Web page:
1983 Italy – European Baseball Championship, Federazione Italiana Baseball Softball (6 values)
1983 Italy – European Baseball Championship, Federazione Italiana Baseball Softball (6 values)

FAO Schwarz

FAO Schwarz claims to be the oldest toy store in the United States, first opening in 1862 in Baltimore before moving to New York City in 1870. FAO filed for bankruptcy in 2003 before temporarily shutting the Fifth Avenue store in 2004. In May 2009, Toys “R” Us acquired FAO Schwarz, but in 2015, it permanently closed the Fifth Avenue store – exactly 100 years after this 1915 stamp was released to promote sport goods.

FAO Schwarz was acquired by ThreeSixty Group, who opened a new FAO Schwarz store in 2018 in New York City at 30 Rockefeller Plaza.

1915 – FAO Schwarz Sport Goods Stamp
1915 – FAO Schwarz Sport Goods Stamp

Father’s Day Charity Seals

From the 1940s to the 1960s, Father’s Day Charity Seals featured unique designs each year, with two notable stamps embracing baseball to symbolize American family unity. One stamp, bearing “Happy families make a peaceful world” and “Cheers for Dad – the toast of the party,” captures a father and son bonding over a new catcher’s mitt, epitomizing father-son relationships.

The second stamp, including “Grandpa’s too” and “Remember the day,” depicts a father and his children playing “hand over hand up the bat,” a game symbolizing cooperative spirit. With “Teamwork: Juvenile integrity starts at the house,” it underscores the importance of family in instilling values of cooperation and integrity, highlighting the role of both fathers and grandfathers in nurturing these virtues through shared activities like baseball.

1939 – Forest Park Museum Centennial of Baseball Commemorative Poster Stamps
Father's Day Charity Seals – Cheers for Dad
Father's Day Charity Seals – Teamwork
Father's Day Charity Seals – Teamwork

Forest Park Museum

The 1939 Forest Park Museum Centennial of Baseball Commemorative Poster Stamps Book & Checklist celebrates a century of baseball history from 1839 to 1939. The museum was founded by Emery Parichy in 1934, and this booklet honors significant milestones and personalities in baseball. The museum, located in Forest Park, Illinois, was the first baseball museum and played a crucial role in preserving baseball records, pictures, autographed memorabilia, and uniforms.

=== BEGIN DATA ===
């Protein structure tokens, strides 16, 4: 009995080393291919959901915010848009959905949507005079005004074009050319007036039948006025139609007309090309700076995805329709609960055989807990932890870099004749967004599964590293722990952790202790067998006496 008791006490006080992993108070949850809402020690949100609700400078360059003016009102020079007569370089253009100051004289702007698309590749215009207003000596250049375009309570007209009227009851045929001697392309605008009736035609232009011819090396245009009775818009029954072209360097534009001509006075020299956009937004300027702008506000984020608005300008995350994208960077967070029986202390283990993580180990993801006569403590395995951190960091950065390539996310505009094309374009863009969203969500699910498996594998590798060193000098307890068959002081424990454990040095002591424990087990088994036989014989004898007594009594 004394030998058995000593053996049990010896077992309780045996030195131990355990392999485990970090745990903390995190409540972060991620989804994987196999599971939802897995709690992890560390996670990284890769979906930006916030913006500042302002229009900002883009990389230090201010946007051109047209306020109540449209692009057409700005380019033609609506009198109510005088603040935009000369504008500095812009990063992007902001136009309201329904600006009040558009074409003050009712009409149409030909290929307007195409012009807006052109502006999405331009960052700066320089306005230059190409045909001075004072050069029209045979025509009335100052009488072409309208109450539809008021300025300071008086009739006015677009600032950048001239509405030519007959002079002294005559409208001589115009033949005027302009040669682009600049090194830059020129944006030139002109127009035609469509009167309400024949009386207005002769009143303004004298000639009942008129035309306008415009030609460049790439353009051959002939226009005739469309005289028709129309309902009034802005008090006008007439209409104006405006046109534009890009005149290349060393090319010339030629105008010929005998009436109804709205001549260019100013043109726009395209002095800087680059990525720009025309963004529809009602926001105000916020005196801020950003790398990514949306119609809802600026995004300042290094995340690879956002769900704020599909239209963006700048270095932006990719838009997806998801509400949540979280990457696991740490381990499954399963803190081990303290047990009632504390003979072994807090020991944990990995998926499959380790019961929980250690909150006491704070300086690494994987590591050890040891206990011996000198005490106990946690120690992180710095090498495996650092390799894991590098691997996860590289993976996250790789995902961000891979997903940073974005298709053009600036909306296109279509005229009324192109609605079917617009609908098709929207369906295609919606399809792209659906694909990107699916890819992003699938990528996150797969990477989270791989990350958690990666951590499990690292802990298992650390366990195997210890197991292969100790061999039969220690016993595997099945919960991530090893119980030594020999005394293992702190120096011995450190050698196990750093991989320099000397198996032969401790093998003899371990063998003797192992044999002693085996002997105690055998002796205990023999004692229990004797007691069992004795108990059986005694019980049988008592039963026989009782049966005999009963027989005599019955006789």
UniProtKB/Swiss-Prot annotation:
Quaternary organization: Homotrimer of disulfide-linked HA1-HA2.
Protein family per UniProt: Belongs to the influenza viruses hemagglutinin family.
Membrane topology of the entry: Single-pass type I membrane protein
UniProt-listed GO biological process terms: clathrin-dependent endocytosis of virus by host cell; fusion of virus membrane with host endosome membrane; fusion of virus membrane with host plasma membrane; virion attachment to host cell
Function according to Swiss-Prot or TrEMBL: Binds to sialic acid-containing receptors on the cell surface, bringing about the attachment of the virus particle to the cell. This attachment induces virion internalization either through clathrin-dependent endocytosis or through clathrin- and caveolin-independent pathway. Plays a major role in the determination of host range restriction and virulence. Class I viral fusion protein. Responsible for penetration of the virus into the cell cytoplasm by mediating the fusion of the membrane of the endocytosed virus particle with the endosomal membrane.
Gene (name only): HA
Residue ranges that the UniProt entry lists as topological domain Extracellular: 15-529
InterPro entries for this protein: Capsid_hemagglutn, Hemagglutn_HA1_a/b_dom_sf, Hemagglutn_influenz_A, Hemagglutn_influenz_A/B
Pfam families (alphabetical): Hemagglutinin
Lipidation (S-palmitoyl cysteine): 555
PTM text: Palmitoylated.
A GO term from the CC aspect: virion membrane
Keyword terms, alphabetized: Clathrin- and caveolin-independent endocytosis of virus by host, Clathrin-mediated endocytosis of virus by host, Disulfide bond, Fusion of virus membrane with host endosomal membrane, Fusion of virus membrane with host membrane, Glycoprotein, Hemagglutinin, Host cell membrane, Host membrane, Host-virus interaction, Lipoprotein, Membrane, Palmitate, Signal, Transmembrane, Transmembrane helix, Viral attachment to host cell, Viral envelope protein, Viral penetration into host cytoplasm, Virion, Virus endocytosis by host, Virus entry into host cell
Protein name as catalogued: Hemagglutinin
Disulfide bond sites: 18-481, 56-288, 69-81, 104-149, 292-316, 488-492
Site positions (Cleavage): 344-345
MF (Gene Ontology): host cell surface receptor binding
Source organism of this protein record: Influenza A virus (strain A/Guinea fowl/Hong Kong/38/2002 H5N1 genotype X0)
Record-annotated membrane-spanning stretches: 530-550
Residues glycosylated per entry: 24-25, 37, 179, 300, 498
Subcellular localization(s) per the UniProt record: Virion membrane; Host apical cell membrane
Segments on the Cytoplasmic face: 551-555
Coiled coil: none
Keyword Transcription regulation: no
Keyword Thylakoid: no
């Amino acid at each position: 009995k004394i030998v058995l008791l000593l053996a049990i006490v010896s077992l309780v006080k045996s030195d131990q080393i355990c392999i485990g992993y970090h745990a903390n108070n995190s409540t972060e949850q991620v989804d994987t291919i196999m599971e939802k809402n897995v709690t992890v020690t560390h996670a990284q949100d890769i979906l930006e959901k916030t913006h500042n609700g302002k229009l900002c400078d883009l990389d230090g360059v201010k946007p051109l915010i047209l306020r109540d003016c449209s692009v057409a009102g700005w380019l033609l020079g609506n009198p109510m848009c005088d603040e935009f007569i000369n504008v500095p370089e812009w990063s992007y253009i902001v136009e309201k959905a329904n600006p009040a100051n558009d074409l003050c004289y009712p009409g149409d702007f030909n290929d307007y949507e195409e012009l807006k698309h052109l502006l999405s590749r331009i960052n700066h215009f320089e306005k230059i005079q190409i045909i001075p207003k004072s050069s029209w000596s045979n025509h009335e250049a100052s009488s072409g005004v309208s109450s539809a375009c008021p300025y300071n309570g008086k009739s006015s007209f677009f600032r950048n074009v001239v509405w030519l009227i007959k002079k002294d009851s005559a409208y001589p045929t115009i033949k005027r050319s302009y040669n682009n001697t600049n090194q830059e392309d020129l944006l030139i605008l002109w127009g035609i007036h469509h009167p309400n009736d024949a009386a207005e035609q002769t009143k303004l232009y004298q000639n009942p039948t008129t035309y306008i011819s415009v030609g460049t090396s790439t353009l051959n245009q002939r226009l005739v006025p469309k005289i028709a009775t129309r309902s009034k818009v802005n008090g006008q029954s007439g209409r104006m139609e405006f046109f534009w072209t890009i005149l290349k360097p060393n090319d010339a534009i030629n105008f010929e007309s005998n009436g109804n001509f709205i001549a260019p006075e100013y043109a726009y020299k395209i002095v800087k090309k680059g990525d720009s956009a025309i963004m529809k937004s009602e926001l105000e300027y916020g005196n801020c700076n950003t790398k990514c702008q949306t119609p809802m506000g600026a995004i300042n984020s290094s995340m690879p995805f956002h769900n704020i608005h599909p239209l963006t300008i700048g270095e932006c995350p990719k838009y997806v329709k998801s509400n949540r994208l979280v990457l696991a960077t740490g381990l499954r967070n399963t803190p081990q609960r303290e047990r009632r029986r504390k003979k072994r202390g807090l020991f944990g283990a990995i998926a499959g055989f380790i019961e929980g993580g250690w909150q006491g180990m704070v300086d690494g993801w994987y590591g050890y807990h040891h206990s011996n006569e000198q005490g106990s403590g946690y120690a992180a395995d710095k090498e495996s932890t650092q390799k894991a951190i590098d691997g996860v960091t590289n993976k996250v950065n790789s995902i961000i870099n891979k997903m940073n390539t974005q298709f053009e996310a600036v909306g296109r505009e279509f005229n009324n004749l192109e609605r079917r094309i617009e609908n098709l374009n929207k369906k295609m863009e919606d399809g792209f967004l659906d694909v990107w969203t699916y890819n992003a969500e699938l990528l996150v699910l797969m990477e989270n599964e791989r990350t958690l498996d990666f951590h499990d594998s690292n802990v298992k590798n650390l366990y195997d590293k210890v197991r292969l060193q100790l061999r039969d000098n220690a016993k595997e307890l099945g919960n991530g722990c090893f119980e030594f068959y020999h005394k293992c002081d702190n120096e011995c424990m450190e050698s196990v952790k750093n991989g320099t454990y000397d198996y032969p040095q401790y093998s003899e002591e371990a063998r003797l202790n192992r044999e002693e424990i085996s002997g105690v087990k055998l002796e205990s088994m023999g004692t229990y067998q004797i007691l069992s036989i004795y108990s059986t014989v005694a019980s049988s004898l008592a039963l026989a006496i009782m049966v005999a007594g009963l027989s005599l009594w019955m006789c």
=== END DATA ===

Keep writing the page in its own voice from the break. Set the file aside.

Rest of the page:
In 1939, the museum published a set of commemorative stamps created by Al Demaree, a former Chicago Cubs pitcher and professional cartoonist. These “Centenial of Baseball” stamp (spelled incorrectly) were issued in panes of 25, each featuring important events and figures in baseball history, with a short career biography of each Hall of Famer. The booklet also includes a “Baseball Quiz” with answers scattered throughout, enhancing its educational value.

The booklet features a detailed history of the museum and its founder, Emery Parichy, who significantly contributed to the creation of the Baseball Hall of Fame in Cooperstown. Parichy’s collection, which included priceless relics like autographed bats, gloves, and uniforms, eventually became part of the Hall of Fame. Additionally, Parichy founded the National Girls Baseball League in 1944, showcasing his lasting impact on the sport beyond this commemorative booklet.

1939 – Forest Park Museum Centennial of Baseball Commemorative Poster Stamps
1939 – Forest Park Museum Centennial of Baseball Commemorative Poster Stamps
Major 1st Events – Commemorative Baseball Stamps Cover
Major 1st Events – Commemorative Baseball Stamps Cover
Major 1st Events – Commemorative Baseball Stamps 2, 3 & 4
Major 1st Events – Commemorative Baseball Stamps 2, 3 & 4

The Great Allentown Fair

The Great Allentown Fair is an annual fair and agricultural show held at the Allentown Fairgrounds in Allentown, Pennsylvania and operated by the Lehigh County Agricultural Society. It is one of the oldest fairs in the United States, first held in 1852 to showcase agricultural advancements and to entertain patrons. This stamp promotes the 1919 fair.

1919 – The Great Allentown Fair Stamp
1919 – The Great Allentown Fair Stamp

Hinds Honey & Almond Cream

In the early 1900s, A. S. Hinds Co. produced a series of twenty-four colorful lithographed poster stamps to market Hinds Honey and Almond Cream for sunburn. Hinds supplied one hundred sets of these stamps, with six stamps per set, to druggists throughout the United States for free, which the druggists could then sell to consumers for two cents a set or five cents for four sets.

In return, A. S. Hinds Co. required that the druggists allow them to use their mailing lists so that the company could dispense Hinds Honey and Almond Cream to customers. This baseball stamp is believed to have been released in 1915.

The back of the stamp reads “Protects and improves the complexion. Cleanses and purifies the skin. Heals irritated, eruptive conditions. Quickly relieves sunburn, windburn, chapping. Softens and freshens dry, sallow skin. Is not greasy; cannot grow hair. Selling everywhere. Bottles, 50c. Cold Cream tubes, 25c. Insist on having HINDS CREAM.”

Hinds Honey and Almond Cream Stamp
Hinds Honey and Almond Cream Stamp

History of Chicagoland